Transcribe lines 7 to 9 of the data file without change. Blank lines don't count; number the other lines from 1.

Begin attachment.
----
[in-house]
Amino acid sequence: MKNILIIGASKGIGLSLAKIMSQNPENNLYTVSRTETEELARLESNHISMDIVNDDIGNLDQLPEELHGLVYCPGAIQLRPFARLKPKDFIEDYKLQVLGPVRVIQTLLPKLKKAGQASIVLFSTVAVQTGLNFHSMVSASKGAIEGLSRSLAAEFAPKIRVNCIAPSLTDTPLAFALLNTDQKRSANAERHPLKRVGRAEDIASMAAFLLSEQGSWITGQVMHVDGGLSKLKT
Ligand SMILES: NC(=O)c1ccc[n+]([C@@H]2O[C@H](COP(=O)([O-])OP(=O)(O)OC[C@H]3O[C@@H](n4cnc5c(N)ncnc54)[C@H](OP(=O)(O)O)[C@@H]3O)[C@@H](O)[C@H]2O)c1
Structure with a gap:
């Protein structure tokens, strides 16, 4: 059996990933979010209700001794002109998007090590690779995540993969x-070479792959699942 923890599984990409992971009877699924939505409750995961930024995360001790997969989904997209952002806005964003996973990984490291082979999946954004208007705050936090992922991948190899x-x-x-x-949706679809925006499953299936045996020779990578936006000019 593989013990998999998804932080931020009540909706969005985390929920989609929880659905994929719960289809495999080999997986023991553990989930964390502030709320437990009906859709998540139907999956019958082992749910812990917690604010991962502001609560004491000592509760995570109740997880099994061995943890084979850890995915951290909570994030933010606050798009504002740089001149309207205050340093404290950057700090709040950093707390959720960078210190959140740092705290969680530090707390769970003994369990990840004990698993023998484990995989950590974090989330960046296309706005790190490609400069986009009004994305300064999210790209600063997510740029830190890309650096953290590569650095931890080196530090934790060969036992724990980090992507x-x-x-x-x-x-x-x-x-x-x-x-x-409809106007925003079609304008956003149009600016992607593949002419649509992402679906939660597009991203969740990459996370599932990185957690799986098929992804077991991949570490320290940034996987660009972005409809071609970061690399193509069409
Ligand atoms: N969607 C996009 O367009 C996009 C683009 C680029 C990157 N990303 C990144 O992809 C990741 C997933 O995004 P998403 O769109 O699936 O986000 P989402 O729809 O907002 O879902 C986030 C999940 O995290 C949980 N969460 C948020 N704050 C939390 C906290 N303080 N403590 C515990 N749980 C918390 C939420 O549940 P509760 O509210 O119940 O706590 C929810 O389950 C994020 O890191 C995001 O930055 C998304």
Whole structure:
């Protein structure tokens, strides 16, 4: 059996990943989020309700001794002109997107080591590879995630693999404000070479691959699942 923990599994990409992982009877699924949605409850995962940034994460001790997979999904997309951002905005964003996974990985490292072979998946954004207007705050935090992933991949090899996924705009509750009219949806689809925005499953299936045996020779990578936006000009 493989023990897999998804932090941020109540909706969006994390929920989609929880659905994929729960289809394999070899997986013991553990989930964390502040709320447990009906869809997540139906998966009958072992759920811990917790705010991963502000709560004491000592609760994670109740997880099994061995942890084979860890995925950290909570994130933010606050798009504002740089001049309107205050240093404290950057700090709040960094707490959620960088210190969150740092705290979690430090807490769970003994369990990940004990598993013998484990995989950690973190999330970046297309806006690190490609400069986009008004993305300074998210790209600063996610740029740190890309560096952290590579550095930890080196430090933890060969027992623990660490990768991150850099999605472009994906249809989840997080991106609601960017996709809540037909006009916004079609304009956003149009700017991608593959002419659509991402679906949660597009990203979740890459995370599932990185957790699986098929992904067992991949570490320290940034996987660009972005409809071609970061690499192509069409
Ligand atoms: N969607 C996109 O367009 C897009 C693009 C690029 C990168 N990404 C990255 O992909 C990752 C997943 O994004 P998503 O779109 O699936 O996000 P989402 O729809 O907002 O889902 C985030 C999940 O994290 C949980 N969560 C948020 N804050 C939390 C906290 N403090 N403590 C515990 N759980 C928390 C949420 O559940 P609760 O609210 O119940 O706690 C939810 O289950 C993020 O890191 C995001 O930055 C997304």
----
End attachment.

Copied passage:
Whole structure:
């Protein structure tokens, strides 16, 4: 059996990943989020309700001794002109997107080591590879995630693999404000070479691959699942 923990599994990409992982009877699924949605409850995962940034994460001790997979999904997309951002905005964003996974990985490292072979998946954004207007705050935090992933991949090899996924705009509750009219949806689809925005499953299936045996020779990578936006000009 493989023990897999998804932090941020109540909706969006994390929920989609929880659905994929729960289809394999070899997986013991553990989930964390502040709320447990009906869809997540139906998966009958072992759920811990917790705010991963502000709560004491000592609760994670109740997880099994061995942890084979860890995925950290909570994130933010606050798009504002740089001049309107205050240093404290950057700090709040960094707490959620960088210190969150740092705290979690430090807490769970003994369990990940004990598993013998484990995989950690973190999330970046297309806006690190490609400069986009008004993305300074998210790209600063996610740029740190890309560096952290590579550095930890080196430090933890060969027992623990660490990768991150850099999605472009994906249809989840997080991106609601960017996709809540037909006009916004079609304009956003149009700017991608593959002419659509991402679906949660597009990203979740890459995370599932990185957790699986098929992904067992991949570490320290940034996987660009972005409809071609970061690499192509069409
Ligand atoms: N969607 C996109 O367009 C897009 C693009 C690029 C990168 N990404 C990255 O992909 C990752 C997943 O994004 P998503 O779109 O699936 O996000 P989402 O729809 O907002 O889902 C985030 C999940 O994290 C949980 N969560 C948020 N804050 C939390 C906290 N403090 N403590 C515990 N759980 C928390 C949420 O559940 P609760 O609210 O119940 O706690 C939810 O289950 C993020 O890191 C995001 O930055 C997304």